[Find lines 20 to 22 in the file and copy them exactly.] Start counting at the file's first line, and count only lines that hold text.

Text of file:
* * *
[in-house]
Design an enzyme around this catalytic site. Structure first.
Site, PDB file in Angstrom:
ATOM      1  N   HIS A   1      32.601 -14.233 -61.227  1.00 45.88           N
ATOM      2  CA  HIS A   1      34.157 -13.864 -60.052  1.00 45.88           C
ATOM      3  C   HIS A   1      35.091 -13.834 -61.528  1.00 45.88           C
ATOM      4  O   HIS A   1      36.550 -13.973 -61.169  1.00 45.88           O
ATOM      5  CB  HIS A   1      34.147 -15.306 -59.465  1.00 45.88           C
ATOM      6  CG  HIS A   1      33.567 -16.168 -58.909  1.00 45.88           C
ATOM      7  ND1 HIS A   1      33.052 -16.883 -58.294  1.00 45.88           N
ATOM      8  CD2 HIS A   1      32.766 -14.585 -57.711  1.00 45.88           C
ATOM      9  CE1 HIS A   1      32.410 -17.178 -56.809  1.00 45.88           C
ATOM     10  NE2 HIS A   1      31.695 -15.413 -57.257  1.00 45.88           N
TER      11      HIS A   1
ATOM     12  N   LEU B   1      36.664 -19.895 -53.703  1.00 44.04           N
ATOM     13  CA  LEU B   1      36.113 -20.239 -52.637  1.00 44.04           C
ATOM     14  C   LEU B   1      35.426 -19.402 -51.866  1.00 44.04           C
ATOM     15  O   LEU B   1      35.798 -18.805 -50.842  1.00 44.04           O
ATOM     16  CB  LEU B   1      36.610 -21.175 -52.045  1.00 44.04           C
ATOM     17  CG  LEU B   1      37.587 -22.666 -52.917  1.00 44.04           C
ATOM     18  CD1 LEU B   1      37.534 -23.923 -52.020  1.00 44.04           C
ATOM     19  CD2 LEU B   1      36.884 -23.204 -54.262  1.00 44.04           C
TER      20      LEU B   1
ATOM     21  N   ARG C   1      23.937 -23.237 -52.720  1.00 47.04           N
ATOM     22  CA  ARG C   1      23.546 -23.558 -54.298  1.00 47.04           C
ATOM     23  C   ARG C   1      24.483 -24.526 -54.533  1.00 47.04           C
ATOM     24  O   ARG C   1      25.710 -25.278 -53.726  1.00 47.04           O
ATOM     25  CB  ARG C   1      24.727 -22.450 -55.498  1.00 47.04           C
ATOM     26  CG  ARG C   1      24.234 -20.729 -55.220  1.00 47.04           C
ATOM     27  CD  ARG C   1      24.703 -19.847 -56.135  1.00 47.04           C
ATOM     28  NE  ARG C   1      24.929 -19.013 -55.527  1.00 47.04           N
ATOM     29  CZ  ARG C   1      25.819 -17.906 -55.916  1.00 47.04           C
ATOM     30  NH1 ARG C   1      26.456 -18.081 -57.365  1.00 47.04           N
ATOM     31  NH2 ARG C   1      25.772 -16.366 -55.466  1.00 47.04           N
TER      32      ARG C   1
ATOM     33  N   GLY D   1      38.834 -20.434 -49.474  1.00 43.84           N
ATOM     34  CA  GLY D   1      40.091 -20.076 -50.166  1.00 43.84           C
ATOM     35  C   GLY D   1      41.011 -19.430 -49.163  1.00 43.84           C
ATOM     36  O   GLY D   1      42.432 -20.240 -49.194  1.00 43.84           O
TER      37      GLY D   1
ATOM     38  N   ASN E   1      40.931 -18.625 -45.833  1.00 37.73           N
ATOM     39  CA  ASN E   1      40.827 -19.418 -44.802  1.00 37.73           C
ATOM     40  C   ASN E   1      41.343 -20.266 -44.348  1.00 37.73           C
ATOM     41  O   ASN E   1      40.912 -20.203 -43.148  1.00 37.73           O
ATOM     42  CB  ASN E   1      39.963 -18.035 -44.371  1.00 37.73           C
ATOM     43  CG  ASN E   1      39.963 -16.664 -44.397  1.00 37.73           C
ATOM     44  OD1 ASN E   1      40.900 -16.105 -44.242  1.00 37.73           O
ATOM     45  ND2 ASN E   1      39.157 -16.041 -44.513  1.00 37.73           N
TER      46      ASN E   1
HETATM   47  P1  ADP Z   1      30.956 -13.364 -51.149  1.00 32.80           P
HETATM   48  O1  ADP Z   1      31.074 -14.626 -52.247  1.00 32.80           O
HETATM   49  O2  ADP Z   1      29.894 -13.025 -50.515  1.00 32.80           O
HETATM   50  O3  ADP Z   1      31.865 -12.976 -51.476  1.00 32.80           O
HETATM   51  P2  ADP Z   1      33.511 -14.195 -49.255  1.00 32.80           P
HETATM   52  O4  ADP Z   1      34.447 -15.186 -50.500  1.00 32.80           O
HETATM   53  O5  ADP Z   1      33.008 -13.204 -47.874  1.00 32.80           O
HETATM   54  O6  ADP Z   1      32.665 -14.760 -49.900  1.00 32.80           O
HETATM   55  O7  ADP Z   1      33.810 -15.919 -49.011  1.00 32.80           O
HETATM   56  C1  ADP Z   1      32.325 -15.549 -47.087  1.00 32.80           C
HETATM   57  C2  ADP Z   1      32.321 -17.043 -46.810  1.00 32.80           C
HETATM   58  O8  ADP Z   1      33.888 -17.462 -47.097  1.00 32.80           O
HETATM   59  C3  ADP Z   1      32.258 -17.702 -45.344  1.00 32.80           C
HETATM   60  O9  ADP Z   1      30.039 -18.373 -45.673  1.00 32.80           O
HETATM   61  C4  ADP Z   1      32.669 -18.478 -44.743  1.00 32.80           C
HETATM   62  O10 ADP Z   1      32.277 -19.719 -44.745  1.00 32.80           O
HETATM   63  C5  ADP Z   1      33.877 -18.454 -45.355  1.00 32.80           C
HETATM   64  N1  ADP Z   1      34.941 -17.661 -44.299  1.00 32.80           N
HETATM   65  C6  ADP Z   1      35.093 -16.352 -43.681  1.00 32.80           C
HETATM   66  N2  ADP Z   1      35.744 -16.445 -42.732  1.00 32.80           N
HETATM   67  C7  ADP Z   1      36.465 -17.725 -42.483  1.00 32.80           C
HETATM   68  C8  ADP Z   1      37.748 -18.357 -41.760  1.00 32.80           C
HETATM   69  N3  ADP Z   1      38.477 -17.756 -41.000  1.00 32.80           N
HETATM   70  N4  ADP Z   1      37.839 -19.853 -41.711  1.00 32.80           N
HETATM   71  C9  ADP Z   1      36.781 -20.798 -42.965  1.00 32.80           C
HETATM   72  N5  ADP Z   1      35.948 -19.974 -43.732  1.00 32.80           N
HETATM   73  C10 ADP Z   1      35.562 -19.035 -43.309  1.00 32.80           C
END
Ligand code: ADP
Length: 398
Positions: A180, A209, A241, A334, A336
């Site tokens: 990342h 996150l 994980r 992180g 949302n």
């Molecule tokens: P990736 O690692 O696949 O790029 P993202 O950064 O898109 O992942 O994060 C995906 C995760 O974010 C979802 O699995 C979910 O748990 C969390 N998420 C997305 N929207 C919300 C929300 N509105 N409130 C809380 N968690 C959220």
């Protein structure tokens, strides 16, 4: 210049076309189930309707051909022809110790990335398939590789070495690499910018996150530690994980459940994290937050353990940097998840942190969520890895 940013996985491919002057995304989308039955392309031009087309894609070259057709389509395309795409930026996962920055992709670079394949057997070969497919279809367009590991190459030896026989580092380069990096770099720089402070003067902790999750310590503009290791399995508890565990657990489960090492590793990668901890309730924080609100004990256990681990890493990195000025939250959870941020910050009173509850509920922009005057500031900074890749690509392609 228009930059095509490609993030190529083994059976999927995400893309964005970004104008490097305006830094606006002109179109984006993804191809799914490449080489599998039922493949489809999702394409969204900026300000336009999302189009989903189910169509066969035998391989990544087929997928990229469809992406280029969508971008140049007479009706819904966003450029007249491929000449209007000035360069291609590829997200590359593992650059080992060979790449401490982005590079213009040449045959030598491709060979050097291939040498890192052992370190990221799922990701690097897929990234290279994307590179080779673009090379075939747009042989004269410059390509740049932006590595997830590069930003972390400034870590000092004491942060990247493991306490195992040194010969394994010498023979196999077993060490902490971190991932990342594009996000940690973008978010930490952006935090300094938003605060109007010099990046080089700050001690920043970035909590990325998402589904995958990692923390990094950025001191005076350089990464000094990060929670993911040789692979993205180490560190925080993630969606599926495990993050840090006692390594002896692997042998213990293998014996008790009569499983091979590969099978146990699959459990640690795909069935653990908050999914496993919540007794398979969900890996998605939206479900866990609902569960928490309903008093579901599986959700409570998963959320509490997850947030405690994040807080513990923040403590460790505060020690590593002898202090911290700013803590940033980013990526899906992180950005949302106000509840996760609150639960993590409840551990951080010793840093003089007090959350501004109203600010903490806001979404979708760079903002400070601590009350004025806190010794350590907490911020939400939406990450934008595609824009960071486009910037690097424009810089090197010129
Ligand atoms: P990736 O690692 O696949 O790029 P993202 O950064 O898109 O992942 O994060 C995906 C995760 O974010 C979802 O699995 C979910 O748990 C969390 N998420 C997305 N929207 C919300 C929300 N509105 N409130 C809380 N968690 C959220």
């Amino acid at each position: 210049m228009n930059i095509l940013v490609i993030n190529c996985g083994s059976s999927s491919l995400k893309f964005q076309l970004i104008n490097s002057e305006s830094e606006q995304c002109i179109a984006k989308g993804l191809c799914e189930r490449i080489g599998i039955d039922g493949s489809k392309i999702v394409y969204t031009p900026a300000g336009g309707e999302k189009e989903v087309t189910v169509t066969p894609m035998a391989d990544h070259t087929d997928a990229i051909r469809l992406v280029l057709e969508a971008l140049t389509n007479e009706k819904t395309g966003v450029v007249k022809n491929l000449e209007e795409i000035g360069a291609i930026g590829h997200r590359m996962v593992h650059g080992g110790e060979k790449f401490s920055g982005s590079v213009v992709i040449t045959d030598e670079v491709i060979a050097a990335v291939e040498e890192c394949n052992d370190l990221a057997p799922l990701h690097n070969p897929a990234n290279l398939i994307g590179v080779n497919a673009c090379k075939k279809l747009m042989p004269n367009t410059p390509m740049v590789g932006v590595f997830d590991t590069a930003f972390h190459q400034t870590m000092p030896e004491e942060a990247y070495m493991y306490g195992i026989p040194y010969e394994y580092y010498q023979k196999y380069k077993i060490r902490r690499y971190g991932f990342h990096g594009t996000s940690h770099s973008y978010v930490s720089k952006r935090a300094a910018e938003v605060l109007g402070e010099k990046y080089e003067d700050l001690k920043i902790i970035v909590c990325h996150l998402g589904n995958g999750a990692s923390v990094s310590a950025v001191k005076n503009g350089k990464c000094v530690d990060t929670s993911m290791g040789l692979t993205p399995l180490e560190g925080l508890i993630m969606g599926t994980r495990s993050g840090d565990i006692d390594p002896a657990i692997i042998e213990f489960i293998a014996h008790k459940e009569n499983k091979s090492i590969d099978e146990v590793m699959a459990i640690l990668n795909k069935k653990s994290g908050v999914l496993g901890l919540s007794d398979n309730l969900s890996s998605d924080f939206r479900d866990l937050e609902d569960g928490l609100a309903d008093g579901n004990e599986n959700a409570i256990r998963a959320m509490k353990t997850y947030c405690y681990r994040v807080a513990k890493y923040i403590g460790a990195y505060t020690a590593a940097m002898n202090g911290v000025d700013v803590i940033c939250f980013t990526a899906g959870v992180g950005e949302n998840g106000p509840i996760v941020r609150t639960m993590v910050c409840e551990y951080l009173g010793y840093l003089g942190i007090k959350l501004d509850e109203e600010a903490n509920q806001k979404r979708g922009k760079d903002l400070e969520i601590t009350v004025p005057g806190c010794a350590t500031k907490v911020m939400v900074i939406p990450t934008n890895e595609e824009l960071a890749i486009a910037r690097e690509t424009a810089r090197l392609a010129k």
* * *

ATOM     17  CG  LEU B   1      37.587 -22.666 -52.917  1.00 44.04           C
ATOM     18  CD1 LEU B   1      37.534 -23.923 -52.020  1.00 44.04           C
ATOM     19  CD2 LEU B   1      36.884 -23.204 -54.262  1.00 44.04           C